The other government & NGO policies include:
The Sexual Harassment of Women at Workplace (Prevention Prohibition And Redressal) Act 2013 which directs the constitution of Local Complaints Committee (LCC) in every district.
The Protection of Women from Domestic Violence Act (PWDVA), 2005 involves the appointment of Protection Officers (PO) preferably women.
The Dowry Prohibition Act 1961 ensures the appointment of Dowry Prohibition Officers by the state government.
The Prohibition of Child Marriage Act, 2006 ensures the effectual functioning of child marriage prohibition officers by the state government.
NGO Initiatives & Program Bengaluru For Women’s Safety Awareness Campaign :
Parihar Charitable Trust, under the initiative of Bangalore City Police, is meticulously working on issues related to women, children and families for the past 25 years. A team of professional counsellors, trained volunteers, and police staff plays a vital role by lending a listening ear and imparting good counselling to women, children, and their families in dealing with disputes like marital discord, relationship conflicts, and other domestic issues.
Suraksha App, Bengaluru Police’s Suraksha App is an SOS app for women in distress which turns the smartphones into a discreet personal safety device for use during emergencies. A call of service to police can be triggered by simply activating the SOS button like icon on your cell phone.
Vanitha Sahayavani is a community collaboration initiative with Bengaluru City Police for the protection of women in distress through free counselling, intervention programs and police assistance.
Tara Women’s Centre is a residential rehab initiative in Indiranagar, Bengaluru, which provides shelter to the survivors of domestic abuse and sexual harrasement. They also offer skill based training and job placements.
One Stop Center- SAKHI offers a wide array of services to the women affected by violence involving medical help, police assistance, legal assistance, counselling, shelter et al. These centres are established across the country in every district which are integrated with a women helpline to facilitate access to services.
As we continue to move forward and for India to keep its position as a global growth leader, we require more efforts at both local and national levels. We especially need to see the private sector bring women and young girls to parity with men. We, of course, need to see an increasing representation of women in the public spheres as well. However, this can mostly be attained through different forms of affirmative action plans.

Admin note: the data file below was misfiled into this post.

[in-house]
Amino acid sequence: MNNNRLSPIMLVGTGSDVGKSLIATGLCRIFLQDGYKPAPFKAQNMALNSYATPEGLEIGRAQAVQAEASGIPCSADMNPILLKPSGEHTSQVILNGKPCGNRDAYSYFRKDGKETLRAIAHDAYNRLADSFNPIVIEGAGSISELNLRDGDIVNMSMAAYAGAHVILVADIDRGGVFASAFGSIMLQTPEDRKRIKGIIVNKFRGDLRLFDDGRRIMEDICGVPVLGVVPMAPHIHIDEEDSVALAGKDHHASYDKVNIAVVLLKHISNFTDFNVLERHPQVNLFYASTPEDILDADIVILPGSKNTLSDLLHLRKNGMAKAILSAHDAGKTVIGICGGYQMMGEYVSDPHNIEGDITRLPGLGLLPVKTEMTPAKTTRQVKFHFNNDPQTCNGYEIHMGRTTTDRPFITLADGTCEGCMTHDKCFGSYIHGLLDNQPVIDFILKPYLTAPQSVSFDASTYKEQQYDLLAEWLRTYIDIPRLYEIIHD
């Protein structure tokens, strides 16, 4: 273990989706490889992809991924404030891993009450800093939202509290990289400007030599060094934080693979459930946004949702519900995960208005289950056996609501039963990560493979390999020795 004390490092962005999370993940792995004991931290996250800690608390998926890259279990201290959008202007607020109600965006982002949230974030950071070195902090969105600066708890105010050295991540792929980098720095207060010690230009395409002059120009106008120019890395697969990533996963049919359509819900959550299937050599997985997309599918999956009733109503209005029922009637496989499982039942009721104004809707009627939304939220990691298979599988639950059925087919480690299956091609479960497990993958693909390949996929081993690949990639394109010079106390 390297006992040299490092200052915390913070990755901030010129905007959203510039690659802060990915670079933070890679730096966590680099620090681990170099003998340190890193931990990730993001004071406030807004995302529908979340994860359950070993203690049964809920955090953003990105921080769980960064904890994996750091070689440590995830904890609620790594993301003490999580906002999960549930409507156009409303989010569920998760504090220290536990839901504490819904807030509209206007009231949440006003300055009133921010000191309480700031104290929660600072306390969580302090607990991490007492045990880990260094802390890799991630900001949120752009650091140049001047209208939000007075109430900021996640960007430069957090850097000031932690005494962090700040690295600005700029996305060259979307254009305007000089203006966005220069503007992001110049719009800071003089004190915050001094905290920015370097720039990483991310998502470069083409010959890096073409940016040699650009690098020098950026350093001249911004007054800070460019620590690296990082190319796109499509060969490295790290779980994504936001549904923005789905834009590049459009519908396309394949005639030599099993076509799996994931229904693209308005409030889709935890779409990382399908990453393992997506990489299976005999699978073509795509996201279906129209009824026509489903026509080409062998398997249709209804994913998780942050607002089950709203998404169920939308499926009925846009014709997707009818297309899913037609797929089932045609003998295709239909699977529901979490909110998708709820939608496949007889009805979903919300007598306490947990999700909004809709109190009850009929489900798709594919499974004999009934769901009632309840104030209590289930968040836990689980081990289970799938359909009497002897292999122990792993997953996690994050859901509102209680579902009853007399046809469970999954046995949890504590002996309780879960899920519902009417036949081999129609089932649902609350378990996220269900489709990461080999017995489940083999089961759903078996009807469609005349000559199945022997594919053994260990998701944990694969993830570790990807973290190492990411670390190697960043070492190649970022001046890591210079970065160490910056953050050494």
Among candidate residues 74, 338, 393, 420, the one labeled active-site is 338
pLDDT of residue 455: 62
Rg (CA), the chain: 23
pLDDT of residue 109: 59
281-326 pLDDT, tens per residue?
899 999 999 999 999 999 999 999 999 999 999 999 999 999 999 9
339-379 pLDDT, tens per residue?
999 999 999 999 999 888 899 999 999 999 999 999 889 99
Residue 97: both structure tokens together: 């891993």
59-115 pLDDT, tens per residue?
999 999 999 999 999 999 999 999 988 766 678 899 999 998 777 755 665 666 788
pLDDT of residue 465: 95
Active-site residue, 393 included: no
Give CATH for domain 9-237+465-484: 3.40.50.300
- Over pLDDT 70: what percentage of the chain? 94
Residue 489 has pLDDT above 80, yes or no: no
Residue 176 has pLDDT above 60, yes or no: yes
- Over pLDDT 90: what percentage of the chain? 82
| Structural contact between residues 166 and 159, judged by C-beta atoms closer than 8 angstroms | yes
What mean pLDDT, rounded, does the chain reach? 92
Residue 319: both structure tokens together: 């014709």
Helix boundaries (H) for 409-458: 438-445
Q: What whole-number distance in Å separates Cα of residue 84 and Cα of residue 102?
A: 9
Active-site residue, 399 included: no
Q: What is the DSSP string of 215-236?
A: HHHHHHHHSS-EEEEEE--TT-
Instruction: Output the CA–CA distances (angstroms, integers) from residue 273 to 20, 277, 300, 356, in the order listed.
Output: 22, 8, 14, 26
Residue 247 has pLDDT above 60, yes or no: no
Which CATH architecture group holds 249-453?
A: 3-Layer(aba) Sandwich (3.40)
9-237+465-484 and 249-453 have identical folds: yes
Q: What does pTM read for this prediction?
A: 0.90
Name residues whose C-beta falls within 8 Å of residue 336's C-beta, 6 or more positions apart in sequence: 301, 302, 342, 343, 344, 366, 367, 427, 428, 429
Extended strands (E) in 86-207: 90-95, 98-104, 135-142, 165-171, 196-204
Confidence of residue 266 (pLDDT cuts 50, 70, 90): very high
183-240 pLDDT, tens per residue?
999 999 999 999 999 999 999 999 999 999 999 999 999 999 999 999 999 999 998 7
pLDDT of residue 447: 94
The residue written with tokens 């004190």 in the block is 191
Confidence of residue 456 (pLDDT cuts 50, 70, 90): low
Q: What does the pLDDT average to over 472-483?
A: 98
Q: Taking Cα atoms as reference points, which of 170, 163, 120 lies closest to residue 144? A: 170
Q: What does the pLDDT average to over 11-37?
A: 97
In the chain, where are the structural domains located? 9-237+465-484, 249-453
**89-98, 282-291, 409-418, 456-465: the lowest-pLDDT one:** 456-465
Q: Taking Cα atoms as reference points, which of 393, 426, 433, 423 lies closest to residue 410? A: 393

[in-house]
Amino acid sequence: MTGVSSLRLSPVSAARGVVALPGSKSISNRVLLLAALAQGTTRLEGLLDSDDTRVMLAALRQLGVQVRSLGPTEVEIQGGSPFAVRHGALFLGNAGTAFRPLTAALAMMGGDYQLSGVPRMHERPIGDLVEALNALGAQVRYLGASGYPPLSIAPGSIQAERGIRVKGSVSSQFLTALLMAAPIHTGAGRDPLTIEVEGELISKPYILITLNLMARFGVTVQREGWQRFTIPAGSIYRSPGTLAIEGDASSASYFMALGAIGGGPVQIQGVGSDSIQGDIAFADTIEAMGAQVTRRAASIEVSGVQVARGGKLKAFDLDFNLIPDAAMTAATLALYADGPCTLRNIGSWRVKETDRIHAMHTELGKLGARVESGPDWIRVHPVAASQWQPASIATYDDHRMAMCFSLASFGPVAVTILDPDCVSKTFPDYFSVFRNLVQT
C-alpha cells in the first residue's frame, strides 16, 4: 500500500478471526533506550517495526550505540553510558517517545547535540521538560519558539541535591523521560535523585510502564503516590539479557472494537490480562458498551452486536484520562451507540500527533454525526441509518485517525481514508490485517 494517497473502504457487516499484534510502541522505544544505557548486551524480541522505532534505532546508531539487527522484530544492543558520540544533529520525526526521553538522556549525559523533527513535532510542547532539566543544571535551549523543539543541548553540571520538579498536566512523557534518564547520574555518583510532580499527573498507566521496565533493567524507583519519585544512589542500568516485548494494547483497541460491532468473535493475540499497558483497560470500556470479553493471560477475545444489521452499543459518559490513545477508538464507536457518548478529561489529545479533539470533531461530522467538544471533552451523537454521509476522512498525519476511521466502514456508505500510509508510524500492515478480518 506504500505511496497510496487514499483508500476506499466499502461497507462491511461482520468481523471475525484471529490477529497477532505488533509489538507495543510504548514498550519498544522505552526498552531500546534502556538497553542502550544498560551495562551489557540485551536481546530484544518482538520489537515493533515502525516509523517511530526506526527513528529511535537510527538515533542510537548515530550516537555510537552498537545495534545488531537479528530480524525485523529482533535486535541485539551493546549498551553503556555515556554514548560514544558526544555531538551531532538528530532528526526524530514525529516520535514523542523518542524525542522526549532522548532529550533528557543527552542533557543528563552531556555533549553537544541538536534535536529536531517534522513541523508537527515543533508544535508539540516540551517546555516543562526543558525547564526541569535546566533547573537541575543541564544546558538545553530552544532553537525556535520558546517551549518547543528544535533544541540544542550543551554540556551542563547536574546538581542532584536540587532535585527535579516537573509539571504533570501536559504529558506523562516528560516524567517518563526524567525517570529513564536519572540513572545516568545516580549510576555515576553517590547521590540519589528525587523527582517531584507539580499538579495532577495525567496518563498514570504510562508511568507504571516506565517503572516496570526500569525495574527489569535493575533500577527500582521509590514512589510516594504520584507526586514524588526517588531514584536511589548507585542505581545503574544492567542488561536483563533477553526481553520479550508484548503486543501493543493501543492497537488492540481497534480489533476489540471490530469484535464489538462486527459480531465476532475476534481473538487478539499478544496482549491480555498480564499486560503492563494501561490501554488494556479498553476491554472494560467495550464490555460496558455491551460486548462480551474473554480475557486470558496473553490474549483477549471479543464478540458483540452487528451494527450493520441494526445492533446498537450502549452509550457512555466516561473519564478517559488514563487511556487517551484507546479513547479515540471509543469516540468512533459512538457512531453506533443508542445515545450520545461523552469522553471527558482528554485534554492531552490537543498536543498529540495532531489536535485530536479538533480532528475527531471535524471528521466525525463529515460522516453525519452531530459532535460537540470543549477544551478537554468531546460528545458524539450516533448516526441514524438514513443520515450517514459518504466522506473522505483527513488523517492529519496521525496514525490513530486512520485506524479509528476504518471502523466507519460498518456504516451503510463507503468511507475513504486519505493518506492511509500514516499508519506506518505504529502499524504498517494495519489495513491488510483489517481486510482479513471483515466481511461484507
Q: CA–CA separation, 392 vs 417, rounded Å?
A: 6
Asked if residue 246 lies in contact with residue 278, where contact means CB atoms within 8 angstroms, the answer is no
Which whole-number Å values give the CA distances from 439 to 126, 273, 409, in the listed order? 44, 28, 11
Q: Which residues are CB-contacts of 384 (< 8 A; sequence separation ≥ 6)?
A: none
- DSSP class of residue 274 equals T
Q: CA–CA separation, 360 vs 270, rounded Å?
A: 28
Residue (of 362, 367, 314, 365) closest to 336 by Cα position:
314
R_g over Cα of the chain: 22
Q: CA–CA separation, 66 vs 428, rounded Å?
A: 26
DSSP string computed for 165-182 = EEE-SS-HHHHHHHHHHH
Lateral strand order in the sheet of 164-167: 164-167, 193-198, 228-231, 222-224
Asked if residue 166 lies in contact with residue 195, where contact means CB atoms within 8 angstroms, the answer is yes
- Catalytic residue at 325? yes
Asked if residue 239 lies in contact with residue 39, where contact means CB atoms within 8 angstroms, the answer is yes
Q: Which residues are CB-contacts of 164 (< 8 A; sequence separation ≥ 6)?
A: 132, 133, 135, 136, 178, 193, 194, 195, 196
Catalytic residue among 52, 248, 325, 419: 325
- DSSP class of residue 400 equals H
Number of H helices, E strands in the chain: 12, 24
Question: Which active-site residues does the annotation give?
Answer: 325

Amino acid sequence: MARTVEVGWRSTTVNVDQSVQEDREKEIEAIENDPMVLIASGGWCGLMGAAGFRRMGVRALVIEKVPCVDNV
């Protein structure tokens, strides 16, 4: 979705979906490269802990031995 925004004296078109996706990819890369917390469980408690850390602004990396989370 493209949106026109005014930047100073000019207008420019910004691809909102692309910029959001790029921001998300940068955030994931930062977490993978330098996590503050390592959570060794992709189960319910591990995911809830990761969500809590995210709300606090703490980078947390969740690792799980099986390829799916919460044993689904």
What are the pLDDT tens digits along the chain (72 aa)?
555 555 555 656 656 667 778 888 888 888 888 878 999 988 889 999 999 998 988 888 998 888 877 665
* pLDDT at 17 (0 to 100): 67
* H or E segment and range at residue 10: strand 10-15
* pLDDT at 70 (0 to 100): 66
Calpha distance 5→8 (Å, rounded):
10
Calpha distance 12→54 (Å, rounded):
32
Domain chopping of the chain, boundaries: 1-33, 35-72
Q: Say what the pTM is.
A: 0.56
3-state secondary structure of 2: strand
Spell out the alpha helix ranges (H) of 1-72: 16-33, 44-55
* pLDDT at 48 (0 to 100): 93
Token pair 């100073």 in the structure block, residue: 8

Equal rights for men and women were enshrined under Articles 14 to 16 in the Indian Constitution on 26 January 1950. As a democracy in 1947, Indian women received universal suffrage much before women in many other western countries were given the right to vote. Following Sri Lanka, which elected Sirimavo Bandaranaike in 1960, India was the second country to have a female leader, Indira Gandhi, in 1966.
Now we see women in India emerging in every sector, such as business, medicine and politics. India made history as two female scientists from the Indian Space Research Organisation (ISRO) led our second lunar mission, Chandrayaan-2, right from the beginning to end. Another milestone we enjoyed in 2020 was when the Supreme Court turned around the government’s position on women serving as army commanders.
We require an attitudinal shift so that women are considered equal within their own homes and in the broader societies. It is so vital that we continue to educate Indian children right from a young age about the importance of gender equality. As we progress economically, we need to address both social and human development, such as women and girl child empowerment. The improvement in women gender ratio is a remarkable accomplishment, but the endeavours to provide a holistic environment for women and ensure equality must not halt here. It is undeniable that further efforts should be taken to promote the value of education and the right to literacy among women. With these numbers, the nation’s outlook will be refined in terms of development. So, let’s join hands together in maintaining the same and helping society to grow towards a better tomorrow!